Meanwhile I’m going to be participating in a [local] Community Committee Against Gun Violence (MoveOn.org). For the past several years I’ve been very concerned about gun violence. Time to start to do something…hopefully not too late.
Yes, this webcast might be viewed as just another talking heads exercise. I am hoping some good will come out of it. If nothing else, keep a conversation alive on how to address prevention of violence through nonviolence.
Evidence for Violence Prevention Across the Lifespan and Around the World-A Workshop
- When: January 23, 2013 – January 24, 2013 (8:00 AM Eastern)
- Where: Keck Center (Keck 100) • 500 Fifth St. NW, Washington, DC 20001 Map
- Topics: Global Health, Children, Youth and Families, Substance Abuse and Mental Health, Public Health
- Activity: Forum on Global Violence Prevention
- Boards: Board on Global Health, Board on Children, Youth, and Families
[My note…registration is now closed for in-person attendance, they’ve reached seating capacity]
Evidence shows that violence is not inevitable, and that it can be prevented. Successful violence prevention programs exist around the world, but a comprehensive approach is needed to systematically apply such programs to this problem. As the global community recognizes the connection between violence and failure to achieve health and development goals, such an approach could more effectively inform policies and funding priorities locally, nationally, and globally.
The Institute of Medicine (IOM) will convene a 2-day workshop to explore the evidentiary basis for violence prevention across the lifespan and around the world. The public workshop will be organized and conducted by an ad hoc committee to examine: 1) What is the need for an evidence-based approach to violence prevention across the world? 2) What are the conceptual and evidentiary bases for establishing what works in violence prevention? 3) What violence prevention interventions have been proven to reduce different types of violence (e.g., child and elder abuse, intimate partner and sexual violence, youth and collective violence, and self-directed violence)? 4) What are common approaches most lacking in evidentiary support? and 5) How can demonstrably effective interventions be adapted, adopted, linked, and scaled up in different cultural contexts around the world?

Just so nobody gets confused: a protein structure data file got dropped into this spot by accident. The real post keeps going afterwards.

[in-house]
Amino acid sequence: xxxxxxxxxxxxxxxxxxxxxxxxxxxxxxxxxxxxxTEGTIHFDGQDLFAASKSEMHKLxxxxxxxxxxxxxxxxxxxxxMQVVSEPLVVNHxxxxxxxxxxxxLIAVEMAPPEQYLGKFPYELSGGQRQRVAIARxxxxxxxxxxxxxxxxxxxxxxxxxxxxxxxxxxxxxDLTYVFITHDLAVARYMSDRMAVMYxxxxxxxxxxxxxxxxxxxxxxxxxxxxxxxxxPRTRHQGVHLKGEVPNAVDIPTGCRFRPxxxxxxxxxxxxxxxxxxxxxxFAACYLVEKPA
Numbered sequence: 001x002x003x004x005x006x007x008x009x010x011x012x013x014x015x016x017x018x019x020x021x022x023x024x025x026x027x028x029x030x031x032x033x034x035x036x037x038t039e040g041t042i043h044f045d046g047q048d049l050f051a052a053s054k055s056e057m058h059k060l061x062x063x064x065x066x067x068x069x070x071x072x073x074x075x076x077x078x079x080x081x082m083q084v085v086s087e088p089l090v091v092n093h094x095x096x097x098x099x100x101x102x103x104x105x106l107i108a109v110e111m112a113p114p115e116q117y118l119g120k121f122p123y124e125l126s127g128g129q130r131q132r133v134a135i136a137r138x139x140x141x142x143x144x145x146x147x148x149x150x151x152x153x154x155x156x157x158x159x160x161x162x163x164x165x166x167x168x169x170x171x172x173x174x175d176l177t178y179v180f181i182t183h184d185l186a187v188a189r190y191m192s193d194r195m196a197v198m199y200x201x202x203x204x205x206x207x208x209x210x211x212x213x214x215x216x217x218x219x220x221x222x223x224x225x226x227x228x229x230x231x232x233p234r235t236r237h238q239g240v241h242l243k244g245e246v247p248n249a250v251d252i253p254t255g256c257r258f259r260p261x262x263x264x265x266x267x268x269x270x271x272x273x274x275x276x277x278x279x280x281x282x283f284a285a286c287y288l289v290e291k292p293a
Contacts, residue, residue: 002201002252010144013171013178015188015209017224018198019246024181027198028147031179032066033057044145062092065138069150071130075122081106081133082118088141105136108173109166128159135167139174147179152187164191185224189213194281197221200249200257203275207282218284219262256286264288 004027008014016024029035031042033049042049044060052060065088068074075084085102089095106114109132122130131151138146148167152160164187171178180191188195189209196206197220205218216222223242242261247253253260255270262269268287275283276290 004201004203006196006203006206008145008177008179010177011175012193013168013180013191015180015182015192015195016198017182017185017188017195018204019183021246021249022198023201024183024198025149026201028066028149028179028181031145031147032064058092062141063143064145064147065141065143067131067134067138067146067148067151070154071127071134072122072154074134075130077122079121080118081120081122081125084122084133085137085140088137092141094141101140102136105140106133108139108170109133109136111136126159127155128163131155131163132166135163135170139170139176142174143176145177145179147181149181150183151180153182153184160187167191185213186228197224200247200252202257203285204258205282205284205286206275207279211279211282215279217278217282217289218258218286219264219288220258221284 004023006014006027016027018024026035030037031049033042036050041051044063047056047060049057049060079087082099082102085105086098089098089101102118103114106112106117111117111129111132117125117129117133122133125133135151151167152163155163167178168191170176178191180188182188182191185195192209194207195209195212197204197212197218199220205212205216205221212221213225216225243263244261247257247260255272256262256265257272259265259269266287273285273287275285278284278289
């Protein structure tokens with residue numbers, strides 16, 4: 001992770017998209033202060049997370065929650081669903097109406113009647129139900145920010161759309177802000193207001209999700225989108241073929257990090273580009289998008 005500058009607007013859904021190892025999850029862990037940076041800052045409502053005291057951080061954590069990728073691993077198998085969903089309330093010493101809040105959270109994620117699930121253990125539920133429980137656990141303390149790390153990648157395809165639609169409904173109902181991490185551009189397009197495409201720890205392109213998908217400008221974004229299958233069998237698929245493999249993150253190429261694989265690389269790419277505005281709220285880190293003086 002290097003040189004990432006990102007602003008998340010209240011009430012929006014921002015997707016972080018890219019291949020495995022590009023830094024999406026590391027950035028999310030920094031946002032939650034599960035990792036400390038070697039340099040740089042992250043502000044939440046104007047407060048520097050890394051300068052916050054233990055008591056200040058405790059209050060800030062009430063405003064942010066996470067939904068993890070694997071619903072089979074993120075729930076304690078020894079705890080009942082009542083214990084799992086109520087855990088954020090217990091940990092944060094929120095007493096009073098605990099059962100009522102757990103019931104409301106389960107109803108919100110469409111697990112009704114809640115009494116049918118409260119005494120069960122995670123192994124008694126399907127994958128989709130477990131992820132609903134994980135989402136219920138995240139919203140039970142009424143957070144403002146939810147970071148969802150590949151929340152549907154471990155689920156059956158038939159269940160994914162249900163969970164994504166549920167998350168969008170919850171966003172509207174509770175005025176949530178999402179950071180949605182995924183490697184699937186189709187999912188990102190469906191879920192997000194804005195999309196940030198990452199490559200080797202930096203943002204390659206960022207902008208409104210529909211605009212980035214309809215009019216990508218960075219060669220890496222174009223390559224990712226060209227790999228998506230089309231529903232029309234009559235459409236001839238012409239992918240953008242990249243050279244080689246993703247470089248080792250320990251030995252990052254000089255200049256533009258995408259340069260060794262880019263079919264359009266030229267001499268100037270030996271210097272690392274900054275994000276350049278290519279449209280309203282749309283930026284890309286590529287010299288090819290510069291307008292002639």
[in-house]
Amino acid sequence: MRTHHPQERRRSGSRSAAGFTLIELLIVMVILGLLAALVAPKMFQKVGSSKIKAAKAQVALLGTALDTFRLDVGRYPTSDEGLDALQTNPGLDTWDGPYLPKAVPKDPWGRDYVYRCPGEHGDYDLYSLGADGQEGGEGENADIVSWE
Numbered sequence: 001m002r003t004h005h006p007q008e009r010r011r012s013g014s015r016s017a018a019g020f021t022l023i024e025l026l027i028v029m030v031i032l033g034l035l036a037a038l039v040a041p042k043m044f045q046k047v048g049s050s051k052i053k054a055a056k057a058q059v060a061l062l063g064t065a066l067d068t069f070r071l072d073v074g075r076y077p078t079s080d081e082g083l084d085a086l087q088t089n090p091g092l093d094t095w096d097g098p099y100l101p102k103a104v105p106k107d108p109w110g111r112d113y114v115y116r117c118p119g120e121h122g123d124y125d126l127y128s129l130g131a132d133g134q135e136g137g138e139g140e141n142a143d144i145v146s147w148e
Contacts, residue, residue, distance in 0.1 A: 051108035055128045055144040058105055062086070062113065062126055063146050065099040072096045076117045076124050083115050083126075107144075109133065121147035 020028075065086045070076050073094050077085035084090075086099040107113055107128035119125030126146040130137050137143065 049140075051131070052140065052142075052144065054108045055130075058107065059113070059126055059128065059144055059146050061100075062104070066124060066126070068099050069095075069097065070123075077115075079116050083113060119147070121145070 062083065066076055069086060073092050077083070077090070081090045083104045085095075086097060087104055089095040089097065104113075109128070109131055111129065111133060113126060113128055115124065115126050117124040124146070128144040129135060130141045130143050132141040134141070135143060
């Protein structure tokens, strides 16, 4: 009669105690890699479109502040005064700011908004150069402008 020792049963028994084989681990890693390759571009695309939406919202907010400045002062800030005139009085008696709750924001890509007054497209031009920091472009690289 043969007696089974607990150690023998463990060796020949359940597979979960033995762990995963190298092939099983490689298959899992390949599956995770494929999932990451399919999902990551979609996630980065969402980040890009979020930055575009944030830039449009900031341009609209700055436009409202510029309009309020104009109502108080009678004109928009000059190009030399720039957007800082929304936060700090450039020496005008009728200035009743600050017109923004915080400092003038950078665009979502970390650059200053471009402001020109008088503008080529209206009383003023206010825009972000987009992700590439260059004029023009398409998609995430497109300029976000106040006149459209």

The committee will develop the workshop agenda, select and invite speakers and discussants, and moderate the discussions. Experts will be drawn from the public and private sectors as well as from academic organizations to allow for multi-lateral discussions. Following the conclusion of the workshop, an individually-authored summary of the event will be prepared by a designated rapporteur.
- Comprehensive public health approach urged to curb gun violence in U.S. (mwoods228.wordpress.com)
- Harvard Researchers: Tackle Gun Violence Like Smoking, Car Deaths (wbur.org)
- Biden: Executive action can be taken on guns (politico.com)
- Vice President Biden Meets with Groups to Discuss Violence Prevention (salem-news.com)
- Analyst: No “Single Solution” to Gun Violence (voicerussia.com)
- Comprehensive Public Health Approach Urged to Curb Gun Violence in U.S. (emberbranch.wordpress.com)
- Violence plays role in shorter US life expectancy (newsobserver.com)
- Giffords launches anti-gun violence site (cnn.com)
- Montpelier OKs armed school janitors (toledoblade.com)
*** I did respond to the newspaper article. The response is online. I am expecting some rather strong responses, perhaps about how naive I am (sigh).
“Now I know, more than ever, that I have to get more involved in addressing violence through nonviolent means. For starters, am going to get better prepared for a nonviolent workshop our Pax Christi USA section is sponsoring next month. Also am going to do my best to follow through with a local Community Committee Against Gun Violence (http://civic.moveon.org/event/events/index.html?rc=homepage&action_id=302). Guess it’s time to be part of the solution…these two events are steps that are challenging, don’t solve things overnight, but in my heart of hearts…I feel called to participate in actions like these….(am thanking teachers here, esp those at St. Catherine’s(1960-1969) and Central Catholic (1969-1973).”